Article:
Newspaper Editing - A Manual for Editors, Copyreaders and Students of Newspaper Desk Work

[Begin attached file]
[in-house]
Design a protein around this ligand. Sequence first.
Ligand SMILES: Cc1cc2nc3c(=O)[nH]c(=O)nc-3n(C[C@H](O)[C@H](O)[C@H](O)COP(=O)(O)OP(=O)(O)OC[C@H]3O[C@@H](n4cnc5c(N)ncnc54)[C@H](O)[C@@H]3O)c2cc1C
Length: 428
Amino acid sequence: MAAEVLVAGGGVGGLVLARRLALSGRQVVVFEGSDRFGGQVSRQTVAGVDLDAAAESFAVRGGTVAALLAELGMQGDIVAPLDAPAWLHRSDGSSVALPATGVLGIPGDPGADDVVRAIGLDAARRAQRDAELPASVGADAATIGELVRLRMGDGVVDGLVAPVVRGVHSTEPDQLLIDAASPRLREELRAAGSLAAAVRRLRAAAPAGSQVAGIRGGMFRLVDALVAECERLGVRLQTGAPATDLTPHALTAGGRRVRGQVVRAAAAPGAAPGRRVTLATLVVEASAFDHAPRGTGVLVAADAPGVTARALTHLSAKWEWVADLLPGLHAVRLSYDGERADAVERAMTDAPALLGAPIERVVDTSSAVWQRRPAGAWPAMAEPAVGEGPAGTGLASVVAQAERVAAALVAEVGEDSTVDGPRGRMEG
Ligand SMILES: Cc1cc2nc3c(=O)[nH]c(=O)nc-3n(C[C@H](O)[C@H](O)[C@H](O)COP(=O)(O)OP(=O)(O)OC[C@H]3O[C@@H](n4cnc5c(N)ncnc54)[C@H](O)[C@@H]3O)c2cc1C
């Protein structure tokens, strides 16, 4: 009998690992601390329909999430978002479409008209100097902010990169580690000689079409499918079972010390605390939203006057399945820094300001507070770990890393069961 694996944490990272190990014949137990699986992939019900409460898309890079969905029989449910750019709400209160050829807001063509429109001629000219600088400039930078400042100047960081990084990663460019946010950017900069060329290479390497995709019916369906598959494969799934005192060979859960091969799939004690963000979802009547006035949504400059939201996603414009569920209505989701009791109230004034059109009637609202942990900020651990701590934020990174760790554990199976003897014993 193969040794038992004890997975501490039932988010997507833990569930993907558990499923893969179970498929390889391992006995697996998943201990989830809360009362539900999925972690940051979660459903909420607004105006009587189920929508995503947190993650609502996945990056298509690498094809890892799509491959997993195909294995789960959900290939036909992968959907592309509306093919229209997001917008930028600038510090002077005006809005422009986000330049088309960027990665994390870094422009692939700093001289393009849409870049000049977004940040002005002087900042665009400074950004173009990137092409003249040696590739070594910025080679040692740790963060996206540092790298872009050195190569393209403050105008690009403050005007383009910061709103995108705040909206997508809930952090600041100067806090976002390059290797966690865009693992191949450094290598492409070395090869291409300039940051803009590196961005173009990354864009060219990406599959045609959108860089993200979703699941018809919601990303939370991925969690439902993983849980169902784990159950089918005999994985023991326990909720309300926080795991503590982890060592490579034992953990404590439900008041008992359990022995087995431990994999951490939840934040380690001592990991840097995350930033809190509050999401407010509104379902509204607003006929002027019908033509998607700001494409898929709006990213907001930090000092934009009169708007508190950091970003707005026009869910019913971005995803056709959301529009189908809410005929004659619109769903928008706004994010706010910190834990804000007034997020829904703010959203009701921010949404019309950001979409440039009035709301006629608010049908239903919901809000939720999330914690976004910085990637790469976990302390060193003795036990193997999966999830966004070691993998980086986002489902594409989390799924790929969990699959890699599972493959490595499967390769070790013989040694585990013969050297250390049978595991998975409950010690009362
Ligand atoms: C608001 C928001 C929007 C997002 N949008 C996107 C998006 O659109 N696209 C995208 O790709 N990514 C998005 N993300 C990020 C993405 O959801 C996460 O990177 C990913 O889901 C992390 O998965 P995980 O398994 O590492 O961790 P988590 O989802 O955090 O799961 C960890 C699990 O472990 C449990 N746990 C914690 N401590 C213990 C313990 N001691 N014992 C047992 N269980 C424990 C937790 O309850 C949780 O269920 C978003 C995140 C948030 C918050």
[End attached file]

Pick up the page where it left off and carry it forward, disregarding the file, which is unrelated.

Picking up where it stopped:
NEWSPAPER EDITING- A MANUAL FOR EDITORS, COPYREADERS, AND STUDENTS OF NEWSPAPER DESK WORK by GRANT MILNOR HYDE. Originally published in 1931. PREFACE: Much has happened in the newspaper profession and in the schools of journalism since this book was first published ten years ago. The newspapers have covered a World War and war periods have always brought the greatest changes in American newspapers have wrestled with doubled costs of production, reduced staffs, much merging, curtailed income, and are now deep in the perplexities of reconstruction. Meanwhile schools and courses in journalism have greatly increased in number, enrollment, and branches of instruction. When the book was presented in 1915, it was the first textbook entirely devoted to the problems and technique of newspaper desk work. It has, therefore, been widely used in classes in copyreading, headline writing, and make-up, as well as in newspaper offices. Its contents have been put to a severe test, and some have been found wanting. The author himself, in using it year after year in class, filled many page margins with suggestions for improvement. Hence, in preparation for its tenth anniversary, it is well that the book should receive a thorough overhauling to bring it up to date, to put in some things omitted before, to make it more usable and teachable. Its general structure has not been changed. Most of the alterations are in the chapters on copyreading, headline writing, make-up, and type, but many additions have been made in other chapters. Class exercises have now been added to each chapter to present in brief much of the technique of teaching, as it has developed in the larger schools. They are intended to be suggestive, not only to the teacher, but to independent students and young newspaper workers. A bibliography has been added to suggest further reading. In the schools of journalism, the methods of teaching copyreading have developed during the period since first publication probably more than any other branch, and have been somewhat standardized. These ideas are now quite gen erally accepted i the work can best be done with a small group working around a copy desk at high speed and under strict supervision 2 thorough knowledge of typography must be included and 3 extensive practice in make-up, either on the stone or with shears and paste pot, must bind together other phases of desk work. Hence, the horse shoe copy desk is now a standard piece of furniture in many schools of journalism, and some schools are installing the type laboratory of the kind that was first developed at the University of Wisconsin a printshop without a press where students do not merely stand around and watch printers, but actually set type, plan display, and make up pages on the stone. Not even now is this a volume on the ethics of desk work. It seems certain, from the trend of talk in newspaper offices and in schools of journalism, that books will be written on the ethical considerations of copyreading and headline writ ing. But this book was at first, and still is, principally devoted to technique. Here and there, however, hints at ethical considerations have been dropped in, and the public service aspects of some particular practices are suggested. The number of clipped examples is still kept down to a minimum for two reasons i any examples of head lines and make-up taken from current newspapers are so bound up with todays news that they will go out of date and become stale in a few months 2 search for examples, good or bad, is the best exercise for newspaper students...
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